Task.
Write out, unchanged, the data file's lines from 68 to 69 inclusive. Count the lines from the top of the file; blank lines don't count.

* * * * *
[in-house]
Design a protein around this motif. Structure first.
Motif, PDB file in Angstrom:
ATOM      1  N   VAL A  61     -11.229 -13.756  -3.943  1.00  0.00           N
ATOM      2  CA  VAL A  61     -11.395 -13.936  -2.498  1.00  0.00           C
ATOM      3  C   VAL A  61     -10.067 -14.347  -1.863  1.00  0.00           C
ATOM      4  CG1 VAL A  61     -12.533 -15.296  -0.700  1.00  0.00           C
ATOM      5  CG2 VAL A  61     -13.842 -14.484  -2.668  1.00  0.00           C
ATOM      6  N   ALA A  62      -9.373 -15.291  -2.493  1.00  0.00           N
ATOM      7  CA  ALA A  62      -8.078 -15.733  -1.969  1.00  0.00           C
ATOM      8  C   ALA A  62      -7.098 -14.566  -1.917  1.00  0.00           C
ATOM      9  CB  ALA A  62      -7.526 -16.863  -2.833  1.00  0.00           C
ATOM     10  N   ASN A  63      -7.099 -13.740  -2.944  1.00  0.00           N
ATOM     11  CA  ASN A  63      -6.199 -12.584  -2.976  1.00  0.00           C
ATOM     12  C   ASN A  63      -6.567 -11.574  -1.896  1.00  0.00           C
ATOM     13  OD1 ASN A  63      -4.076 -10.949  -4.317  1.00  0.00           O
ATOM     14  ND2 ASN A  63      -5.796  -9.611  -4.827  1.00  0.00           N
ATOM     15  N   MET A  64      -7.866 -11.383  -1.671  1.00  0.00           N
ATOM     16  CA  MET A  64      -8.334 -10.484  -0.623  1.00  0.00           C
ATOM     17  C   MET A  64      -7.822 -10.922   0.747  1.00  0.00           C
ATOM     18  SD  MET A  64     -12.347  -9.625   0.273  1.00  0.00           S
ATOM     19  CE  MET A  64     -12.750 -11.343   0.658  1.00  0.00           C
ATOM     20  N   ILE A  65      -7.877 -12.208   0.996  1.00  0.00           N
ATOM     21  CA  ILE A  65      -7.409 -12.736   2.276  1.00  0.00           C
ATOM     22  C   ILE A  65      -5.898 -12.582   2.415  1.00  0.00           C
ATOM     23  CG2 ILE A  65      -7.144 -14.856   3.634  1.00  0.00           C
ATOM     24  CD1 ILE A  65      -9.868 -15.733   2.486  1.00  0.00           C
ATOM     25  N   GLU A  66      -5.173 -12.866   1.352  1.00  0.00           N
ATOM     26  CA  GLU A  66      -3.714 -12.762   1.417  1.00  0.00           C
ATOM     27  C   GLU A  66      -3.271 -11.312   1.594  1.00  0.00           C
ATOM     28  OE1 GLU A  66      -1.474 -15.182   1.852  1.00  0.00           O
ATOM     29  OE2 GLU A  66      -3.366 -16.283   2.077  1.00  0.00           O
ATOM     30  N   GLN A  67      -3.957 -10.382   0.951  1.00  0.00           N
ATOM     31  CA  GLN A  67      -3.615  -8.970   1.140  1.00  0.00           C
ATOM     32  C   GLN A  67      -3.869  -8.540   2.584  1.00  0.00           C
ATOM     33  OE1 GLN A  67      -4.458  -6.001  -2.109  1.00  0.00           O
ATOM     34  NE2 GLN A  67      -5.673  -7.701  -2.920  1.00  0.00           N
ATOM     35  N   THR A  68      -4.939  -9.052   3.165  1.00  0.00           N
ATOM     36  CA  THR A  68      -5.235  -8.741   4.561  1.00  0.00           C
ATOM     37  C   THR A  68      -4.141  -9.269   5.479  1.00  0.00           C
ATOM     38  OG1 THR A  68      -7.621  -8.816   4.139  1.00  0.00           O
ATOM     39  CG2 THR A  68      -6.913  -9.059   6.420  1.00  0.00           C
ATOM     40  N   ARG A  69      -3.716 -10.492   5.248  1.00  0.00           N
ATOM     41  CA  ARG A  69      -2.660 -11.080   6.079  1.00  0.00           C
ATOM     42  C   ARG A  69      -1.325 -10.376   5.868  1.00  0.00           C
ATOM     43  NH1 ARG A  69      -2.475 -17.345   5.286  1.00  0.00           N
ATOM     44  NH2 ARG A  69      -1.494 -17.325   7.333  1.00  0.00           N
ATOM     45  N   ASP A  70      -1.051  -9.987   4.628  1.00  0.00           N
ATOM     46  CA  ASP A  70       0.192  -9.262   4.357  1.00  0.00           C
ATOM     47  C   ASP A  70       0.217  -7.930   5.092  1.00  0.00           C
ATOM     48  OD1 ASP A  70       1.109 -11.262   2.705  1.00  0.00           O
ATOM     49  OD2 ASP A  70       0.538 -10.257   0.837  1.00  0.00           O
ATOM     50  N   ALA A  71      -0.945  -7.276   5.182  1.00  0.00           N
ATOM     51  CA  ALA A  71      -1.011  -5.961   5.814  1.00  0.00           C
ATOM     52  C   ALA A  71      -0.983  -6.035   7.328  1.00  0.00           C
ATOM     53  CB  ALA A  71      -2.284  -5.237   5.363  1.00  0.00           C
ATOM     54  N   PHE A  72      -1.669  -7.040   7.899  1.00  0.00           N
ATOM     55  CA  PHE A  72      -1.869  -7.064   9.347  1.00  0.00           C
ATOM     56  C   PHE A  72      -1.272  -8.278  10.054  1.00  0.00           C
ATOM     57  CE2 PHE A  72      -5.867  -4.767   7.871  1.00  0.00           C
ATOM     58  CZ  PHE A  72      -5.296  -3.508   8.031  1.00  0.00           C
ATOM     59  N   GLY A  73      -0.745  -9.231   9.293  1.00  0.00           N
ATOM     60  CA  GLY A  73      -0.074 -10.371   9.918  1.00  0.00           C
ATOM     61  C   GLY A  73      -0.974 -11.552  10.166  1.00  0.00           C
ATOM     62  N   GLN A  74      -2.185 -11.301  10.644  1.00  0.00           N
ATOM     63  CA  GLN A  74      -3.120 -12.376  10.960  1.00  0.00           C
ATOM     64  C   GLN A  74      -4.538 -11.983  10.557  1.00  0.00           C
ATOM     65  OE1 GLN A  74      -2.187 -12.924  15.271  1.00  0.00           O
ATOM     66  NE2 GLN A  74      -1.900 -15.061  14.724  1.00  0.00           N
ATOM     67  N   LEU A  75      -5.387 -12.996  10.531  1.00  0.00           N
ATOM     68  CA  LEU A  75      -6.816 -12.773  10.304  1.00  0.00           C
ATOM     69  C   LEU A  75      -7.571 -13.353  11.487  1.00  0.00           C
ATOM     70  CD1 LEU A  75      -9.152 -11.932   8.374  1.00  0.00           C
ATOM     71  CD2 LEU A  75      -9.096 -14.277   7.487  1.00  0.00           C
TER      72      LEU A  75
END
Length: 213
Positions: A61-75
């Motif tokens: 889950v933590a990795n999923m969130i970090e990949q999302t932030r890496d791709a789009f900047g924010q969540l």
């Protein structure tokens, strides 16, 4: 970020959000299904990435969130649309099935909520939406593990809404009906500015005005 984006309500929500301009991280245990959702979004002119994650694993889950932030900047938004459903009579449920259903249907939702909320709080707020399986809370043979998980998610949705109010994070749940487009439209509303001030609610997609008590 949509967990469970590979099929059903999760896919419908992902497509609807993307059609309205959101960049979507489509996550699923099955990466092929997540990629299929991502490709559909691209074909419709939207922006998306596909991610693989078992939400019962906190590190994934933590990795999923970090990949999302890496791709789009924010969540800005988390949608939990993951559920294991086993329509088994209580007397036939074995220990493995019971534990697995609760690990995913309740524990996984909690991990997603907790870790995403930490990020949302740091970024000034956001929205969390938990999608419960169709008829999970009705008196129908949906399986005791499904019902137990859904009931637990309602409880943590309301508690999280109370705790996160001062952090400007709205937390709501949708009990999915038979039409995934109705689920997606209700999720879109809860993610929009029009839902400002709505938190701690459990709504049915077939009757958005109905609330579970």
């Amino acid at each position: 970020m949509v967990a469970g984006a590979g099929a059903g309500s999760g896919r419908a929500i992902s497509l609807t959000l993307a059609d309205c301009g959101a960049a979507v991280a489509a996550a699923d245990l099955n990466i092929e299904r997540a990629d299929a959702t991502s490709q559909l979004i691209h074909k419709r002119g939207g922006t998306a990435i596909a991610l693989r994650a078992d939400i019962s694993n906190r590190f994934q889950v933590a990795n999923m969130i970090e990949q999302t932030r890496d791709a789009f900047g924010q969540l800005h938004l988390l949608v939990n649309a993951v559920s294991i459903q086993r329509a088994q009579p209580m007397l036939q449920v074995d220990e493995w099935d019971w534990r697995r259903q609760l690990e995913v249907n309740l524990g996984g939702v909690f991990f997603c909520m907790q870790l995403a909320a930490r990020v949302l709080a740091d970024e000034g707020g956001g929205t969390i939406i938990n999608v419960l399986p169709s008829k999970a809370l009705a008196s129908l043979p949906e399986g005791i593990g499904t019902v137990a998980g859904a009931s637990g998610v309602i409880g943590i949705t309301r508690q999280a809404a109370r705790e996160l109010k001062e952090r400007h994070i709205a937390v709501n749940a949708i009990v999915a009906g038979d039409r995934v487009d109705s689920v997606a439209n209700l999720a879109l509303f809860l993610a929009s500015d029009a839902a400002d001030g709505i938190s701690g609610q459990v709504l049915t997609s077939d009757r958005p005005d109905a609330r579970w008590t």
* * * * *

ATOM     65  OE1 GLN A  74      -2.187 -12.924  15.271  1.00  0.00           O
ATOM     66  NE2 GLN A  74      -1.900 -15.061  14.724  1.00  0.00           N